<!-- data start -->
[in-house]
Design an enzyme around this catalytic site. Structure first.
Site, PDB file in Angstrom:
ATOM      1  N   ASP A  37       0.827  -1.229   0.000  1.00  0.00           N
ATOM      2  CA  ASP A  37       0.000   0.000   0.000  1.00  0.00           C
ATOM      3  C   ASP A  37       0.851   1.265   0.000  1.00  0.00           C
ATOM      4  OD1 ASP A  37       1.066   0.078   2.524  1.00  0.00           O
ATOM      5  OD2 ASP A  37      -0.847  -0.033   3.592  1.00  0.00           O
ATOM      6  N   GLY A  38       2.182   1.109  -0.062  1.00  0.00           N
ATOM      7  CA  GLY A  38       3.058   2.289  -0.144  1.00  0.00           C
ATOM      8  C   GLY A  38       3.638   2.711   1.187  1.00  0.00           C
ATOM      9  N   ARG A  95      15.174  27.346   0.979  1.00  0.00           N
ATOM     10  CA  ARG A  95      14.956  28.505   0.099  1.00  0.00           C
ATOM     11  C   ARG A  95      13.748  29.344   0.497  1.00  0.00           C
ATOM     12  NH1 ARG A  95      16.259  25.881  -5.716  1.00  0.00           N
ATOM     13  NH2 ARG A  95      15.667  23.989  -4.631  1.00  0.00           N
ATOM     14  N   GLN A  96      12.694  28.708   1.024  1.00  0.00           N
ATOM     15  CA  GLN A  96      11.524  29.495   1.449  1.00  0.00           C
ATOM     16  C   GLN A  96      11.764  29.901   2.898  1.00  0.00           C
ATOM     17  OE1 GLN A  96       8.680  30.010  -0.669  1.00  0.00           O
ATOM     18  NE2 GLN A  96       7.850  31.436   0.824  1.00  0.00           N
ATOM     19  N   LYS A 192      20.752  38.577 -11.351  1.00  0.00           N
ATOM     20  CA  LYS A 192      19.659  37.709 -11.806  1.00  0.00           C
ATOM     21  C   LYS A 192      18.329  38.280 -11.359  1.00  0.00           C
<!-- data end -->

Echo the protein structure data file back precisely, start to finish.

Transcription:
[in-house]
Design an enzyme around this catalytic site. Structure first.
Site, PDB file in Angstrom:
ATOM      1  N   ASP A  37       0.827  -1.229   0.000  1.00  0.00           N
ATOM      2  CA  ASP A  37       0.000   0.000   0.000  1.00  0.00           C
ATOM      3  C   ASP A  37       0.851   1.265   0.000  1.00  0.00           C
ATOM      4  OD1 ASP A  37       1.066   0.078   2.524  1.00  0.00           O
ATOM      5  OD2 ASP A  37      -0.847  -0.033   3.592  1.00  0.00           O
ATOM      6  N   GLY A  38       2.182   1.109  -0.062  1.00  0.00           N
ATOM      7  CA  GLY A  38       3.058   2.289  -0.144  1.00  0.00           C
ATOM      8  C   GLY A  38       3.638   2.711   1.187  1.00  0.00           C
ATOM      9  N   ARG A  95      15.174  27.346   0.979  1.00  0.00           N
ATOM     10  CA  ARG A  95      14.956  28.505   0.099  1.00  0.00           C
ATOM     11  C   ARG A  95      13.748  29.344   0.497  1.00  0.00           C
ATOM     12  NH1 ARG A  95      16.259  25.881  -5.716  1.00  0.00           N
ATOM     13  NH2 ARG A  95      15.667  23.989  -4.631  1.00  0.00           N
ATOM     14  N   GLN A  96      12.694  28.708   1.024  1.00  0.00           N
ATOM     15  CA  GLN A  96      11.524  29.495   1.449  1.00  0.00           C
ATOM     16  C   GLN A  96      11.764  29.901   2.898  1.00  0.00           C
ATOM     17  OE1 GLN A  96       8.680  30.010  -0.669  1.00  0.00           O
ATOM     18  NE2 GLN A  96       7.850  31.436   0.824  1.00  0.00           N
ATOM     19  N   LYS A 192      20.752  38.577 -11.351  1.00  0.00           N
ATOM     20  CA  LYS A 192      19.659  37.709 -11.806  1.00  0.00           C
ATOM     21  C   LYS A 192      18.329  38.280 -11.359  1.00  0.00           C